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Answers to Common Questions About Flight Tracking Data and Availability

The reinstatement of the Block Aircraft Registration Request (BARR) program means that all aircraft owners and operators again have the ability to “opt out” from having their flight information publicly broadcast on the Internet. For many operators, the government challenge to the BARR program raised additional questions about flight tracking. The following questions and answers offer a glimpse into the issues raised by NBAA Members:

What is the Federal Aviation Administration (FAA) Aircraft Situation Display to Industry (ASDI)?

The ASDI data feed was created by FAA in 1992, and is a graphic display of all aircraft operating on IFR flight plans in U.S. airspace. Data on any aircraft on an IFR flight plan, including foreign-registered aircraft or operations using a call sign, is contained in the ASDI feed. The data is used for FAA air traffic management purposes and is also made available to the Department of Defense and approved academic institutions and industry vendors.

What type of information is contained in the ASDI data feed?

The majority of data elements in the ASDI feed enable FAA systems to accurately display the position of an aircraft. Examples of specific elements include: aircraft identification (flight or tail number); aircraft type and equipment information; transponder beacon code; departure and arrival point; latitude and longitude; and altitude and heading.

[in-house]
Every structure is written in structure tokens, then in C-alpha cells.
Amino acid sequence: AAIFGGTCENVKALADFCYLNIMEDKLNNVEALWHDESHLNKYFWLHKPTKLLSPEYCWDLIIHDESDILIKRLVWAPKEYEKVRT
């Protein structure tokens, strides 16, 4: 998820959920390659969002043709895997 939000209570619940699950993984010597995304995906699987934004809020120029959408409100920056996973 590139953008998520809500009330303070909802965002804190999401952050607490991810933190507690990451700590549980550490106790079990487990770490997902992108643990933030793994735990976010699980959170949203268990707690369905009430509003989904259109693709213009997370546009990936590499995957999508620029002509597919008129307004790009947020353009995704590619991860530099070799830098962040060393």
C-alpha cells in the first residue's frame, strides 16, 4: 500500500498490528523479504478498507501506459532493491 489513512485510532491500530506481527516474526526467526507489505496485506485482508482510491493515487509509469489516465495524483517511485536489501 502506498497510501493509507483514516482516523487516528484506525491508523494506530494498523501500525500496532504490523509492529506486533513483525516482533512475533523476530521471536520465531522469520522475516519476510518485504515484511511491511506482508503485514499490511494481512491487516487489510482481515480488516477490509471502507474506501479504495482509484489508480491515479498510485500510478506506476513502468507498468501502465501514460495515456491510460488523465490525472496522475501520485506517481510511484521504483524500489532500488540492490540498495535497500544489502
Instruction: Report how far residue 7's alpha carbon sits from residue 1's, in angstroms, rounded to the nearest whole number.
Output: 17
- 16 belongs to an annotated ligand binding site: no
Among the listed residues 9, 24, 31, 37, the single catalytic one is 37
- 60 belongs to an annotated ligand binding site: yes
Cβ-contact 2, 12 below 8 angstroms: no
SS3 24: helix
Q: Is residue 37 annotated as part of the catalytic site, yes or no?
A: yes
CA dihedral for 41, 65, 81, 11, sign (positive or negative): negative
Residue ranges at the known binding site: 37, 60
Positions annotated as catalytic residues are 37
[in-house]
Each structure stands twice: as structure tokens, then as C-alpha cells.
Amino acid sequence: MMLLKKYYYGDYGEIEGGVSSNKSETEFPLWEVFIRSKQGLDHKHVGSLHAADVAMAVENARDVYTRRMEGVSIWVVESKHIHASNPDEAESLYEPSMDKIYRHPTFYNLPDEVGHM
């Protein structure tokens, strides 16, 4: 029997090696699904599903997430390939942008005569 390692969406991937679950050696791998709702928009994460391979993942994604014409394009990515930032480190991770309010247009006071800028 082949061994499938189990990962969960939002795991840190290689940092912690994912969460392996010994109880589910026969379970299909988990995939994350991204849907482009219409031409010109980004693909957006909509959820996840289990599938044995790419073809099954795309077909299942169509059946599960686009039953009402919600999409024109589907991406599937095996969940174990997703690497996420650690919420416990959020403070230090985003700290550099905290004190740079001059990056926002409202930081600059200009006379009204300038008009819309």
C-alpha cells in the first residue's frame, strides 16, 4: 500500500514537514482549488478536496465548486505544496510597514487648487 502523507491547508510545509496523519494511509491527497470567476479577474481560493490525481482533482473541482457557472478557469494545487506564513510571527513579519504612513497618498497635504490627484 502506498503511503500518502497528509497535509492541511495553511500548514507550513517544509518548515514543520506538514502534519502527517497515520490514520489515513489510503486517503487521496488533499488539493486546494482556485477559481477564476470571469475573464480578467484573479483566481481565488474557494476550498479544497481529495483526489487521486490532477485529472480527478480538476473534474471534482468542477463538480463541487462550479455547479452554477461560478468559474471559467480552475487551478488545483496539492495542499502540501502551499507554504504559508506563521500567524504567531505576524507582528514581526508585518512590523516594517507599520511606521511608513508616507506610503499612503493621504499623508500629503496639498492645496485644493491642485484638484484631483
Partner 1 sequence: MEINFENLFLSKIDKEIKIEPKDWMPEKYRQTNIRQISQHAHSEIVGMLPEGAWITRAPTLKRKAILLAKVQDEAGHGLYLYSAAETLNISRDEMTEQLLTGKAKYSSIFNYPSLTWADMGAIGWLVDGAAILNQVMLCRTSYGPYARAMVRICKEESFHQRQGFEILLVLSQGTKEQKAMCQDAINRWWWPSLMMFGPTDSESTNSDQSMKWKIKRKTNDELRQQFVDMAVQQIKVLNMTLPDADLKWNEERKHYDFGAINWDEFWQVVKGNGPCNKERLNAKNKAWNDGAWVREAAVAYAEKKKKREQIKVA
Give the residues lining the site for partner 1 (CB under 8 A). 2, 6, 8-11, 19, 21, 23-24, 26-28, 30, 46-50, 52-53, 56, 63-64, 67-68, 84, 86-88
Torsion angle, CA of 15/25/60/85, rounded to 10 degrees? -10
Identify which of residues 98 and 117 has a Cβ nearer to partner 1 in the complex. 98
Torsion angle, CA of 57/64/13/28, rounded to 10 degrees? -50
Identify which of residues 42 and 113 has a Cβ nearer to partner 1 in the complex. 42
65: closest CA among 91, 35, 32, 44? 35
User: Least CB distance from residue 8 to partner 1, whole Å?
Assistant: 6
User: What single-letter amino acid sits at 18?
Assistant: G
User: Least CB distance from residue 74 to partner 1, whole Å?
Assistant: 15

Who are the academic institutions and industry vendors, and what type of information do they receive?

The FAA allows flight tracking providers, certain educational institutions and government agencies to access the ASDI data feed. Non-governmental users must sign a memorandum of understanding with the FAA governing their use of data and requiring compliance with certain provisions, such as the ability for BARR program participants to opt out of having their flight information displayed. The FAA can audit vendors and suspend ASDI access for those that do not comply with the memorandum of understanding.

Can flight tracking information be obtained through the Freedom of Information Act (FOIA)?

Yes, over the past few years the FAA has released historic flight-tracking information to various media outlets through FOIA requests. The BARR program only allows operators to opt out from having real time flight tracking information publicly displayed. Once the aircraft lands, BARR protections are no longer in place and historic details of the flight are subject to FOIA requests. Even historic information on flights conducted by aircraft blocked at the more restrictive “FAA level” is subject to FOIA requests. There are very specific FOIA exemptions that prevent the government from releasing commercial business information or trade secrets, and the FAA has determined that none of those apply to historic flight-tracking data.

Do Mode S transponders and ADS-B equipment transmit data that can be used to track aircraft?

Yes, both Mode S transponders and ADS-B equipment installed on aircraft transmit data that can be used to identify the location of an aircraft. For example, unlike Mode C transponders, which only transmit a random beacon code, Mode S transponders display a “Flight ID” that can be used to identify the tail number and registration information for an aircraft. Operators should be aware that certain vendors offer equipment and services to track aircraft using this information.

FOR MORE INFORMATION

Visit www.nbaa.org/ops/security/barr.

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